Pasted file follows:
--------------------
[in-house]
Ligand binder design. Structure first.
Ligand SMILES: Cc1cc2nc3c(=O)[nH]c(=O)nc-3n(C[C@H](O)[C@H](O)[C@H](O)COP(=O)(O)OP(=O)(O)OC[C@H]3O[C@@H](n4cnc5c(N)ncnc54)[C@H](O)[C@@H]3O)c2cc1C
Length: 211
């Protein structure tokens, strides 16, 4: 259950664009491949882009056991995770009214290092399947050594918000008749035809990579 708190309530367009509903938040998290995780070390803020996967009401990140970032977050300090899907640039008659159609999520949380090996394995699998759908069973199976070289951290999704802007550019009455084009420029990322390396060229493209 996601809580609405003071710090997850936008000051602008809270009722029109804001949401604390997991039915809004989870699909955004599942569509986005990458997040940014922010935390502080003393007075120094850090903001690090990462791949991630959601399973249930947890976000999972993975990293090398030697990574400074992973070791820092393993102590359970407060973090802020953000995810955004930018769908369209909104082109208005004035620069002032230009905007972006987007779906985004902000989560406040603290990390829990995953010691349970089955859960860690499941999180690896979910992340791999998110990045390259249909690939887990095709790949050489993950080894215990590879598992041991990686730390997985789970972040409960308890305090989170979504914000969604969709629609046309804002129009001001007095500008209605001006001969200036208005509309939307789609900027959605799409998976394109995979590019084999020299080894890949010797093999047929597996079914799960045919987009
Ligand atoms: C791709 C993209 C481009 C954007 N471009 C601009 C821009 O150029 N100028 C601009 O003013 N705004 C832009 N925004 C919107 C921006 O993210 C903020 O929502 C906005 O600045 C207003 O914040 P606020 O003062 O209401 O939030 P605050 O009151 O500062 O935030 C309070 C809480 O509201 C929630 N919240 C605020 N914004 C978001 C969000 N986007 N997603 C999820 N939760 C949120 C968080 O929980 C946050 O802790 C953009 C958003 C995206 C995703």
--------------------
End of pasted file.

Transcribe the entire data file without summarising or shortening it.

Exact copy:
[in-house]
Ligand binder design. Structure first.
Ligand SMILES: Cc1cc2nc3c(=O)[nH]c(=O)nc-3n(C[C@H](O)[C@H](O)[C@H](O)COP(=O)(O)OP(=O)(O)OC[C@H]3O[C@@H](n4cnc5c(N)ncnc54)[C@H](O)[C@@H]3O)c2cc1C
Length: 211
């Protein structure tokens, strides 16, 4: 259950664009491949882009056991995770009214290092399947050594918000008749035809990579 708190309530367009509903938040998290995780070390803020996967009401990140970032977050300090899907640039008659159609999520949380090996394995699998759908069973199976070289951290999704802007550019009455084009420029990322390396060229493209 996601809580609405003071710090997850936008000051602008809270009722029109804001949401604390997991039915809004989870699909955004599942569509986005990458997040940014922010935390502080003393007075120094850090903001690090990462791949991630959601399973249930947890976000999972993975990293090398030697990574400074992973070791820092393993102590359970407060973090802020953000995810955004930018769908369209909104082109208005004035620069002032230009905007972006987007779906985004902000989560406040603290990390829990995953010691349970089955859960860690499941999180690896979910992340791999998110990045390259249909690939887990095709790949050489993950080894215990590879598992041991990686730390997985789970972040409960308890305090989170979504914000969604969709629609046309804002129009001001007095500008209605001006001969200036208005509309939307789609900027959605799409998976394109995979590019084999020299080894890949010797093999047929597996079914799960045919987009
Ligand atoms: C791709 C993209 C481009 C954007 N471009 C601009 C821009 O150029 N100028 C601009 O003013 N705004 C832009 N925004 C919107 C921006 O993210 C903020 O929502 C906005 O600045 C207003 O914040 P606020 O003062 O209401 O939030 P605050 O009151 O500062 O935030 C309070 C809480 O509201 C929630 N919240 C605020 N914004 C978001 C969000 N986007 N997603 C999820 N939760 C949120 C968080 O929980 C946050 O802790 C953009 C958003 C995206 C995703």